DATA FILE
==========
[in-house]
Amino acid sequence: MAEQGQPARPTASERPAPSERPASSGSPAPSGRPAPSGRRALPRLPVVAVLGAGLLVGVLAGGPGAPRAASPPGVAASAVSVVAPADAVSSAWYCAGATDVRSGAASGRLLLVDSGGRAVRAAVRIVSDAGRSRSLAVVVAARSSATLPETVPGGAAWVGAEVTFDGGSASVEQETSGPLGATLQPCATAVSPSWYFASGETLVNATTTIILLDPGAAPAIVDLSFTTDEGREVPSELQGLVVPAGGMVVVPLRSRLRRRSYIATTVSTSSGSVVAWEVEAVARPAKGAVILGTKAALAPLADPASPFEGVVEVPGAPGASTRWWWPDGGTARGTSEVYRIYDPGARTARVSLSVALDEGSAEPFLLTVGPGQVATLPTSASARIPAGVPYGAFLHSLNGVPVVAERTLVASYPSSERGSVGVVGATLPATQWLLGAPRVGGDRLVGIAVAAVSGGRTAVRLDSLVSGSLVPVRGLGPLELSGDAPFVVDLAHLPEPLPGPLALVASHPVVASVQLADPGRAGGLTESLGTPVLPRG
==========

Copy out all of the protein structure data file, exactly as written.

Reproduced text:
[in-house]
Amino acid sequence: MAEQGQPARPTASERPAPSERPASSGSPAPSGRPAPSGRRALPRLPVVAVLGAGLLVGVLAGGPGAPRAASPPGVAASAVSVVAPADAVSSAWYCAGATDVRSGAASGRLLLVDSGGRAVRAAVRIVSDAGRSRSLAVVVAARSSATLPETVPGGAAWVGAEVTFDGGSASVEQETSGPLGATLQPCATAVSPSWYFASGETLVNATTTIILLDPGAAPAIVDLSFTTDEGREVPSELQGLVVPAGGMVVVPLRSRLRRRSYIATTVSTSSGSVVAWEVEAVARPAKGAVILGTKAALAPLADPASPFEGVVEVPGAPGASTRWWWPDGGTARGTSEVYRIYDPGARTARVSLSVALDEGSAEPFLLTVGPGQVATLPTSASARIPAGVPYGAFLHSLNGVPVVAERTLVASYPSSERGSVGVVGATLPATQWLLGAPRVGGDRLVGIAVAAVSGGRTAVRLDSLVSGSLVPVRGLGPLELSGDAPFVVDLAHLPEPLPGPLALVASHPVVASVQLADPGRAGGLTESLGTPVLPRG